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For Shame

 

Support worthy causes for women, not unrealistic standards of beauty.

 
 

I really can’t begin to imagine how difficult it is to be a young woman growing up in today’s world.
  As if ‘lipstick bullies’, and internet shaming aren’t bad enough, now there are new social media ‘body challenges’ popping up regularly.
  Let’s discuss these for a moment. In case you are unfamiliar, ‘body challenges’ are crazy body ‘ideals’ that basically shame young women into believing that they are somehow lacking if they can’t accomplish these ridiculous challenges. Let’s discuss a few:
  Thigh Gap. This one is pretty self-explanatory. No space between your thighs when standing? Well, you’re obviously fat. This is insane. But really, this is easily the least ridiculous of these so-called challenges.
  Bikini Bridge. So you have a bikini bridge when you can lie down in a bikini and there is a gap between your belly and your waistband because your hipbones stick out further than your belly. That’s right – we are now promoting protruding bones as a standard of beauty.
  Collarbone Challenge. Speaking of protruding bones. This one involves being able to stack quarters on top of your collarbones. Why is this even a thing?!
  iPhone 6 Challenge. Ok, bear with me on this, because I don’t totally understand how this has any bearing on weight, build, or beauty, but apparently – according to this challenge – if, when you put your knees together they are wider than an iPhone 6 is long, you fail. That’s right, young women are out there comparing the ‘skinniness’ of there frick frackin’ knees to one another!
  Bellybutton challenge. So this getting out of control. This ‘challenge’ involves wrapping your arm around your back to see if your waist is small enough that you can reach your bellybutton. Are you getting this? Being able to wrap your own arm around your body is now how women are deciding if they are skinny enough. I am including a picture of this one, just in case you are having a hard time visualizing this one – because I did.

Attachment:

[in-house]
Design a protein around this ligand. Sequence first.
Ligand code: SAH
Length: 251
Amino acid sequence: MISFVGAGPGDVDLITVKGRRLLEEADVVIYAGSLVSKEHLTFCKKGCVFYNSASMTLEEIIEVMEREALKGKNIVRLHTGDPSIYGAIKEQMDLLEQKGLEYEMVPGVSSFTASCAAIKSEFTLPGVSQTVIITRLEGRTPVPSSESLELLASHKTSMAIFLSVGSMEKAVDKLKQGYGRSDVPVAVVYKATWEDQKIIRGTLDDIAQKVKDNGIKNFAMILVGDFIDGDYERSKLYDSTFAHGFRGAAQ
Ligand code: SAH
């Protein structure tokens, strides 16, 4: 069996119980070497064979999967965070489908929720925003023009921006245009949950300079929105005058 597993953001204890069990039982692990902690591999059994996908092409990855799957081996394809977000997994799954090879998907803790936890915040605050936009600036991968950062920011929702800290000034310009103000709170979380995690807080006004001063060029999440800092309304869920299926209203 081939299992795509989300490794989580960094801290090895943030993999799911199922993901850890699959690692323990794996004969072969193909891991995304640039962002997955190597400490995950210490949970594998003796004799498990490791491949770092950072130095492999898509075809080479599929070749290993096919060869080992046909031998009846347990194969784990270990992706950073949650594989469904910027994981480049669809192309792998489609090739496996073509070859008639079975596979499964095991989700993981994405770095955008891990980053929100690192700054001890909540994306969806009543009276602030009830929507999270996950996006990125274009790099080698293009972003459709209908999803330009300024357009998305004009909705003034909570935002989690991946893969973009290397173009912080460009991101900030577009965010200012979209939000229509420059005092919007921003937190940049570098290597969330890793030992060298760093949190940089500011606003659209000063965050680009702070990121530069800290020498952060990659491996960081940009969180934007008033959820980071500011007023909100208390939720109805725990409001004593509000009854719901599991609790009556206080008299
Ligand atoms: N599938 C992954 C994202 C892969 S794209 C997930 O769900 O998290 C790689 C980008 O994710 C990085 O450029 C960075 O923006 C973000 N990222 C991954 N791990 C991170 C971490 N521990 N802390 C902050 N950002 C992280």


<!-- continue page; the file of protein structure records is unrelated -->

A4 Paper Challenge. This is by far the most ridiculous of all these body-shaming challenges. It’s pretty simple. Hold up a piece of 11x17 paper vertically. If your body is wider than the paper, you fail the challenge. That’s right, you are somehow less beautiful or not skinny enough if your body is wider than 11 inches.
  Obviously social media is to blame for a lot of the perpetuation of these ridiculous ‘standards’, but with so many anti-shaming campaigns out there today, I can’t believe that these challenges are still able to gain traction. Yet, there are tens of thousands of posts out there relating to these challenges.
  So what is the solution? First and foremost we – especially women – have got to stop shaming and comparing. No, your body doesn’t look like mine and mine doesn’t look like yours, but different isn’t bad.
  Some women have curves, some women don’t. Some are tall, short, fair skinned, dark skinned, blonde, brunette. None of that should be compared to someone else – you are who you are and your only goal should be to be the best version of you. Inside and out.
  Don’t the young women of the world have enough to deal with without having to be constantly concerned about whether or not their bodies (which are still developing and changing BTW) meet some unrealistic standard of beauty revolving around the size of a sheet of paper?
  We live in a society where women make significantly less money for the same work.
  We live in a world where women are shamed if they choose to stay at home and raise a family. Shamed if they choose to forego having a family in favor of a career and shamed if they choose to do both.
  We live in a world, that according to a 2013 report by the United Nations Educational, Scientific and Cultural Organization (UNESCO), found that 31 million girls of primary school age were not in school, and about one out of every four young women in developing countries had never completed their primary school education.
  We live in a world where millions of women are fighting for health and reproductive rights.
  We live in a world where it is estimated that between 2011 and 2020 140 million girls will become child brides. Let me put that in perspective for you – that’s roughly the population of Russia.
  These are the causes we should be championing. These are the issues that should be going viral on social media.
  So the next time you think to judge a woman based solely on her appearance, think of the young women of the world who just want clean water, a safe place to sleep, or something as simple as a book to read.